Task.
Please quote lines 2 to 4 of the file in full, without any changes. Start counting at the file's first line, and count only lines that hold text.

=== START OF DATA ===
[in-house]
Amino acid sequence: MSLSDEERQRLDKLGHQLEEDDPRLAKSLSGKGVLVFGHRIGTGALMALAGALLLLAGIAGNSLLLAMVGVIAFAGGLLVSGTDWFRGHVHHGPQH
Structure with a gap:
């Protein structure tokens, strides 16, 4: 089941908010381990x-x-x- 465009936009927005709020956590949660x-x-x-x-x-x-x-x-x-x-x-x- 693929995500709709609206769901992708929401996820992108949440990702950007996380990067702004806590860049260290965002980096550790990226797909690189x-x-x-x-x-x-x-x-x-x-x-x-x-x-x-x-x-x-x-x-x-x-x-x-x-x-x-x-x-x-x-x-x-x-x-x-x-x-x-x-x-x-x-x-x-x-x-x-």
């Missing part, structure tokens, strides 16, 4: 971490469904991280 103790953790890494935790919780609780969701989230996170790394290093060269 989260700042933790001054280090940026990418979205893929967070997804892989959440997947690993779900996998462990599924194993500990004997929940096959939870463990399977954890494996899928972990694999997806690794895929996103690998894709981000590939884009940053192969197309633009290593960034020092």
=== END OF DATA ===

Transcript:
Amino acid sequence: MSLSDEERQRLDKLGHQLEEDDPRLAKSLSGKGVLVFGHRIGTGALMALAGALLLLAGIAGNSLLLAMVGVIAFAGGLLVSGTDWFRGHVHHGPQH
Structure with a gap:
């Protein structure tokens, strides 16, 4: 089941908010381990x-x-x- 465009936009927005709020956590949660x-x-x-x-x-x-x-x-x-x-x-x- 693929995500709709609206769901992708929401996820992108949440990702950007996380990067702004806590860049260290965002980096550790990226797909690189x-x-x-x-x-x-x-x-x-x-x-x-x-x-x-x-x-x-x-x-x-x-x-x-x-x-x-x-x-x-x-x-x-x-x-x-x-x-x-x-x-x-x-x-x-x-x-x-």